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[TenTec] The Last Radios

To: <tentec@contesting.com>
Subject: [TenTec] The Last Radios
From: SteveBaron@starlinx.com (Steve Baron)
Date: Mon, 23 Aug 1999 19:36:17 +0100
A lot of very true stuff there, but TT is not immune.

Seems to me that I have already determined that if the microprocessor in my
TT HT goes that's the end of the HT.

Only if TT does not use microprocessors, SMT, ASIC's, etc. will they be

-----Original Message-----
From: AL_LORONA@HP-USA-om33.om.hp.com <AL_LORONA@HP-USA-om33.om.hp.com>
To: tentec@contesting.com <tentec@contesting.com>
To: <tentec@contesting.com>
Date: Monday, August 23, 1999 6:45 PM
Subject: [TenTec] The Last Radios

>     Hi, Everybody,
>     Reading about the various fixes that Ten Tec owners apply to their
>     radios always gets me thinking: The current Ten Tec rigs in
>     production-- which would include the Scout, Omni VI+, and kits-- may
>     be the last radios which are user-serviceable. That is, we are moving
>     into an era where transceivers, either because of surface mount
>     construction or because of the increasing role of software, or due to
>     other reasons, may no longer lend themselves to the kind of
>     troubleshooting, repair, modification, experimentation, and alignment
>     that so many of us value and enjoy.
>     Evidence: The top-of-the-line Kenwood transceiver belonging to a
>     friend of mine developed VCO problems within a month of his buying it.
>     To extract and repair the board, which was loaded with nothing but
>     tiny, unmarked surface mount devices, took him weeks to do. (Kenwood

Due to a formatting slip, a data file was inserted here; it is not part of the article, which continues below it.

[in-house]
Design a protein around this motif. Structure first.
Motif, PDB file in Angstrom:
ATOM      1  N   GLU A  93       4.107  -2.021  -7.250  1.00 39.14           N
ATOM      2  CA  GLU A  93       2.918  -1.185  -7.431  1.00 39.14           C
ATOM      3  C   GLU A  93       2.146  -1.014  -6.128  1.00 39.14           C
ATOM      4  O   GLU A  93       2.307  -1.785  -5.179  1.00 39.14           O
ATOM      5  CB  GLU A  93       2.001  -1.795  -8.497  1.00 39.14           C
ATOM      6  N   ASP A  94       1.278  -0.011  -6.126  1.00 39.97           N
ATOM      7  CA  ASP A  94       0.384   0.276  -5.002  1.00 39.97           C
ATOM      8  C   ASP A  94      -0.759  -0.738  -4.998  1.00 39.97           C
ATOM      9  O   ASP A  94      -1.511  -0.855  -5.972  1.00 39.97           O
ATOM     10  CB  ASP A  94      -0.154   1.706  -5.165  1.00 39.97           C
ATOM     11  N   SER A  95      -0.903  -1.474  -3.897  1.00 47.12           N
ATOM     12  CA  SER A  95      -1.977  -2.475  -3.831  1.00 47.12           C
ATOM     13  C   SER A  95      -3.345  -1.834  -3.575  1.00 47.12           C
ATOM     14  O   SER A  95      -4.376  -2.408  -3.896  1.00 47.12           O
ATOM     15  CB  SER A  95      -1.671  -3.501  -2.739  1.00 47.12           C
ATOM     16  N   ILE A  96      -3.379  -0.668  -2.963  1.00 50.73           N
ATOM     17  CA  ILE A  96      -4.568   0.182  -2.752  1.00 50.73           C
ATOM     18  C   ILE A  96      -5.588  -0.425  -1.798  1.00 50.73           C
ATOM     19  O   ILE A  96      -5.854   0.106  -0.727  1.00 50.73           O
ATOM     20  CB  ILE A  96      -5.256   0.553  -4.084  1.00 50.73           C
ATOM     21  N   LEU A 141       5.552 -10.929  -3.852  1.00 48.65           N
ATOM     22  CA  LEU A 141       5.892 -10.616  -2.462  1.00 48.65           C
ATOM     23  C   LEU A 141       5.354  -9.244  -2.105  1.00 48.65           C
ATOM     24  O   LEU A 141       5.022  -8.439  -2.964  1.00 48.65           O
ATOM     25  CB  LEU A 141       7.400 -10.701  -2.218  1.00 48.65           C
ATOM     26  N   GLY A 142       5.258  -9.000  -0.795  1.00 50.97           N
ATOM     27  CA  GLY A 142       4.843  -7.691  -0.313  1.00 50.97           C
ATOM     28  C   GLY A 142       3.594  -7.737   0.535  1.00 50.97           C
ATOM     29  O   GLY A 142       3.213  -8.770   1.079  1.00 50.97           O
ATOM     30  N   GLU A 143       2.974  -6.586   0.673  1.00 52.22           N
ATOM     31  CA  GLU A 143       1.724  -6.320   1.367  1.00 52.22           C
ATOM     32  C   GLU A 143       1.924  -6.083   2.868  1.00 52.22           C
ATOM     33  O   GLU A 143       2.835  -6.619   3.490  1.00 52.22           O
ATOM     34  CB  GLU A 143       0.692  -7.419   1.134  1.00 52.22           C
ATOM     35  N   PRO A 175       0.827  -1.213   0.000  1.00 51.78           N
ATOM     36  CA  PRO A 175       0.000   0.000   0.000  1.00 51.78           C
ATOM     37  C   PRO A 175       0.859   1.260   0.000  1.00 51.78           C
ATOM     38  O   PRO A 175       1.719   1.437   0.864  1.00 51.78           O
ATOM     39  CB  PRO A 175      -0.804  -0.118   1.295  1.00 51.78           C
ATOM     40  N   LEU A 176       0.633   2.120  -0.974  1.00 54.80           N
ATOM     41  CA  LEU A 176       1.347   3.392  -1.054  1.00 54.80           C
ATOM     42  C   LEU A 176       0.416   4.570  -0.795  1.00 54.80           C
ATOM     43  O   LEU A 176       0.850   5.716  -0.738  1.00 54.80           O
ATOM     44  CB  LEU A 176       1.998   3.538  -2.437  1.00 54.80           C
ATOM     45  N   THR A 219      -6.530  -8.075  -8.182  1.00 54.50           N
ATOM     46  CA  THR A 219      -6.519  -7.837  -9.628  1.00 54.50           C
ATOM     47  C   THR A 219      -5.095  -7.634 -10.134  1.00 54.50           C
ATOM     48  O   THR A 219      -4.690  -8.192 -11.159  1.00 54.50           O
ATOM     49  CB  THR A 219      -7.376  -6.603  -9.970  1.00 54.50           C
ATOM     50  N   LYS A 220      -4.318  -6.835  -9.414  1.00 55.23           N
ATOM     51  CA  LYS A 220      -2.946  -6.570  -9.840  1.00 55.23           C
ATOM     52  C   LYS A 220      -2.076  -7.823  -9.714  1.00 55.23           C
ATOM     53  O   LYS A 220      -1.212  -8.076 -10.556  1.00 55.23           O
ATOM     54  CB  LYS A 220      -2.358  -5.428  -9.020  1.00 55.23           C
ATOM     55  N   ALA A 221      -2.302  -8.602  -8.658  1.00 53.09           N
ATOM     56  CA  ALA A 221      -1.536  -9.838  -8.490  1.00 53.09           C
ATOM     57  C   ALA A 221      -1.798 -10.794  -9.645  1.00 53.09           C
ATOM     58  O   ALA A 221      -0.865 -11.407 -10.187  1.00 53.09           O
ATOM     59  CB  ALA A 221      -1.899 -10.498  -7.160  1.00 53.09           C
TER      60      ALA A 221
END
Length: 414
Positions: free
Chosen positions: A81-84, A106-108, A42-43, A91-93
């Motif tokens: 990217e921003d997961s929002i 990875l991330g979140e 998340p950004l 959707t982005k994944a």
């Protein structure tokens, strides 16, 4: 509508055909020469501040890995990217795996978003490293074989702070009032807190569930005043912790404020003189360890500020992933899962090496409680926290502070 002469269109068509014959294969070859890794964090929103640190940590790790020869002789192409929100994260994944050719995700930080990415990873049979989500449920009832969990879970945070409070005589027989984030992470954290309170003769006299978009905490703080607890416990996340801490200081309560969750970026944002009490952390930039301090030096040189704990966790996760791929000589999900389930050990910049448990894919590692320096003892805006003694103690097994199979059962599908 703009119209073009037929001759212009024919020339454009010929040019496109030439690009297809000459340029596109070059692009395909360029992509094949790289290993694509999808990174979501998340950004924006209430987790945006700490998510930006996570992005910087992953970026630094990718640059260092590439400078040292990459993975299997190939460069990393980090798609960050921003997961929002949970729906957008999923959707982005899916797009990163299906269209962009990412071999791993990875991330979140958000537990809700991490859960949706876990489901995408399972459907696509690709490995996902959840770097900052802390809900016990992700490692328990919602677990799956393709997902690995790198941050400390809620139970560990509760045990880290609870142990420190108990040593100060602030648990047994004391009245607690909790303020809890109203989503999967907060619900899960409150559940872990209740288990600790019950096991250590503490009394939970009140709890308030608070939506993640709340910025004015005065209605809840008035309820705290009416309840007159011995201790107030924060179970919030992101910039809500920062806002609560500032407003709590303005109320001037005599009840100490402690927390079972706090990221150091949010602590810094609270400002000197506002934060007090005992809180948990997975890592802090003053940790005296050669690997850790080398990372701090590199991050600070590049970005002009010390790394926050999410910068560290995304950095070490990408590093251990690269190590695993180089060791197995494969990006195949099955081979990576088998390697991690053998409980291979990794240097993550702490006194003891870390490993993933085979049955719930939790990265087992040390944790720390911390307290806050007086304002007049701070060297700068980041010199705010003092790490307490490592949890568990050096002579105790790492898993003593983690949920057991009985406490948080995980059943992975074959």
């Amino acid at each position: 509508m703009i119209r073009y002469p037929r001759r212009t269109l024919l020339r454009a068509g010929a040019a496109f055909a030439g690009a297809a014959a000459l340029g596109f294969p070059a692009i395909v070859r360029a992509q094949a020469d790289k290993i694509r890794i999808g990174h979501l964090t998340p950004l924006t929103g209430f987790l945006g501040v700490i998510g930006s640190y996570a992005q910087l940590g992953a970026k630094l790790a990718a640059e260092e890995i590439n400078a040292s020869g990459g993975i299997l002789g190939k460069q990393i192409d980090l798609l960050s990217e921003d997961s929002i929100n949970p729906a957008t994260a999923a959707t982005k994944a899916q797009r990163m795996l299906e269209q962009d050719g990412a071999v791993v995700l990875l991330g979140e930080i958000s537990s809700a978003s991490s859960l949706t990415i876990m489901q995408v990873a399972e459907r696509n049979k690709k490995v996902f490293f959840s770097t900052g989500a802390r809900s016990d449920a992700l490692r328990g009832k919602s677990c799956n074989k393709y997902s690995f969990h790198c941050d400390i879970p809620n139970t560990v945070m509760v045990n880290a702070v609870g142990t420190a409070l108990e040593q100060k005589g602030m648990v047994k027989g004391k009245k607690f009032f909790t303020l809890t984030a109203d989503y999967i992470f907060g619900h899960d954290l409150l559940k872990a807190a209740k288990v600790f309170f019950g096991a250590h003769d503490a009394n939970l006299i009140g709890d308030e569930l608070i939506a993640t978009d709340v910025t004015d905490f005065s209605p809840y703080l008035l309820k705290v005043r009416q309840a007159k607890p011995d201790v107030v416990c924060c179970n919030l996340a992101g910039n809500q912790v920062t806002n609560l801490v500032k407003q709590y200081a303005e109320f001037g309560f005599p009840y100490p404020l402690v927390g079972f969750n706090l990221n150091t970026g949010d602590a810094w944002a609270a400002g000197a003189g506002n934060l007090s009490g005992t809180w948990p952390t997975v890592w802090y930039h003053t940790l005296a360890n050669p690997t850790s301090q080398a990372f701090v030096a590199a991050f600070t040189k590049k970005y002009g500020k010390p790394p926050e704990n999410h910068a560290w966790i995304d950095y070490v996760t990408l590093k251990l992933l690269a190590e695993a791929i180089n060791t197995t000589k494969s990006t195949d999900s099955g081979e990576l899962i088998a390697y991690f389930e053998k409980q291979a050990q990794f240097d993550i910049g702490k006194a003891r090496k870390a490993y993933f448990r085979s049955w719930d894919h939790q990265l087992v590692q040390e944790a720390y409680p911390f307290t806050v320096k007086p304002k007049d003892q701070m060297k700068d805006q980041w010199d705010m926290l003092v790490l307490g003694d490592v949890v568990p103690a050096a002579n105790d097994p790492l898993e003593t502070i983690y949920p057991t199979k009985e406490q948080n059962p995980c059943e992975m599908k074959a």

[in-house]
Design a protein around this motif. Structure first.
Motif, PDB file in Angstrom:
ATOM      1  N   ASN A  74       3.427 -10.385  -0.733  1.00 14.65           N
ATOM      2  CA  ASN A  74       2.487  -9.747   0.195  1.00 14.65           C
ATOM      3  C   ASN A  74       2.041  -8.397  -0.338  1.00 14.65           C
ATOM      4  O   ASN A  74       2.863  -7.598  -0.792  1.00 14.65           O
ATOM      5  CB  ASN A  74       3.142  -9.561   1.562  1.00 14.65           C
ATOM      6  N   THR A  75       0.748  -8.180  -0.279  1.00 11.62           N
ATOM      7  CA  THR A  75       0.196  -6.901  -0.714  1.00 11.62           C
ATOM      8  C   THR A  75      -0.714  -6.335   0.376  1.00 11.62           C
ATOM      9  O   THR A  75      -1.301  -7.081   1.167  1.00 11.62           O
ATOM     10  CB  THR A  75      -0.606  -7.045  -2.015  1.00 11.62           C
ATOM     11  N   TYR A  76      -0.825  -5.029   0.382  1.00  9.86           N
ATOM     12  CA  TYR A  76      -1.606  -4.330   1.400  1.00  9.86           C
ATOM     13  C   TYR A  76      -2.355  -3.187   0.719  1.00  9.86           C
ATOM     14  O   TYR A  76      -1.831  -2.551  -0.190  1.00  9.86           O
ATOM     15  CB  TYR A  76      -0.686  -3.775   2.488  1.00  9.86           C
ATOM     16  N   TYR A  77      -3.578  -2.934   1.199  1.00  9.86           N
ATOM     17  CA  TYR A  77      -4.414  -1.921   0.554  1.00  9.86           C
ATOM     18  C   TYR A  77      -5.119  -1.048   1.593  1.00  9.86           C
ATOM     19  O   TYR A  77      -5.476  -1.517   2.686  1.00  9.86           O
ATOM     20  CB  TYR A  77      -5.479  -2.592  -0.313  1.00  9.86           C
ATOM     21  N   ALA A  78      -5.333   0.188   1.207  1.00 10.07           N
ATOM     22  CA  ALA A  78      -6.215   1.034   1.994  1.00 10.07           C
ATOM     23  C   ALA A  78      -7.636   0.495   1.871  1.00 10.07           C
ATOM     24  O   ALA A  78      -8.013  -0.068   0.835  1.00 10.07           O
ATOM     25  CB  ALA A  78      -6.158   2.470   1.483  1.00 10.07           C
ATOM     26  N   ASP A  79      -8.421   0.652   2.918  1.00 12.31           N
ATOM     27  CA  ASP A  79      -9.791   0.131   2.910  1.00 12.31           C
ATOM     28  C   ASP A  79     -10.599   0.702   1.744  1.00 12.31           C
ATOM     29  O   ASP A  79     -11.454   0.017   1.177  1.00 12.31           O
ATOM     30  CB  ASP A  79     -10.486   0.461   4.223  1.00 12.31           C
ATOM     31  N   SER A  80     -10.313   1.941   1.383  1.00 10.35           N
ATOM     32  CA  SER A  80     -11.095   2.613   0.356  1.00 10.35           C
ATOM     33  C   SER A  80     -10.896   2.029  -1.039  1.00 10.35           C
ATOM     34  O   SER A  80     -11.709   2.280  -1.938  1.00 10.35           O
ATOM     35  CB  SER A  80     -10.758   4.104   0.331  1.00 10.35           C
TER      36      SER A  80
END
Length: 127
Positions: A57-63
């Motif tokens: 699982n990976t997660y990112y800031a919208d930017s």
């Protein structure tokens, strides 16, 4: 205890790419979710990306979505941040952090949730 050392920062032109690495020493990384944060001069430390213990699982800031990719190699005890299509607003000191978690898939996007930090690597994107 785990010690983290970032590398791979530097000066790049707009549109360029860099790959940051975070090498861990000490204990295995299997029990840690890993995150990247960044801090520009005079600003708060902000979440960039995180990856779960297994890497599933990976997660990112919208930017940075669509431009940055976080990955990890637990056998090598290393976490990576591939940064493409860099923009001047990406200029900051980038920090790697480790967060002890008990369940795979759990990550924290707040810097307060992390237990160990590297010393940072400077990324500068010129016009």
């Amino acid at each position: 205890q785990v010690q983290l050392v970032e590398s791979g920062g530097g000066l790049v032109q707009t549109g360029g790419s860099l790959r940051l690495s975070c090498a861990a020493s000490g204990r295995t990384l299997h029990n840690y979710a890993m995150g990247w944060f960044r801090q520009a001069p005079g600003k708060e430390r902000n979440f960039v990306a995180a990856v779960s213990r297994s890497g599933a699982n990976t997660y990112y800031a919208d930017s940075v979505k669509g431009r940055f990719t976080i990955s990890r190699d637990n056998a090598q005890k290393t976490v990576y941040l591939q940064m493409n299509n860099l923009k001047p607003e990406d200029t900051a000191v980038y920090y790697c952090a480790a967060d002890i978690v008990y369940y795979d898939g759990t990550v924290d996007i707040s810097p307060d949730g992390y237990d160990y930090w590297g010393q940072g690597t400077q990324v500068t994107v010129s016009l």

>     would not replace it under warranty, but that's another story.) It's a
>     good thing that my friend is an electronics engineer with 20 years of
>     experience building satellites at Jet Propulsion Laboratory and felt
>     confident enough to tackle the job, isn't it?
>     Evidence: I just read a newsgroup message from a ham whose Icom IC-730
>     went on the fritz. He was soliciting help from other hams. The
>     shocking answer was that the internal battery went dead, which sounds
>     like it would be an easy fix, except that the rig's firmware was
>     stored in *volatile* RAM which was lost forever with the battery
>     failure! I guess Icom figured no one would still be using their
>     IC-730s in the late 1990's; the "throw-away" rig concept. This poor
>     guy is hosed if he can't find a way to re-load the program into his
>     few-year-old transceiver.
>     Evidence: How many mods for the Kachina/Pegasus do you think we are
>     likely to see in the next few years? How much experimentation with
>     filtering, keying, front end, audio, aftermarket components, etc., so
>     much of which you see on this reflector? Will all of the modification
>     involve software only? (Way cool, how did you get the S-meter on the
>     lower left of your front panel? Oh, I just wrote, compiled, and linked
>     a new GUI...)
>     Hang on to those Omnis, everybody, we may be witnessing the final
>     phase of a fix-it-with-a-paper-clip-and-chewing-gum approach to
>     amateur radio which has proved so rewarding for so many of us.
>     What say you?
>     Al W6LX
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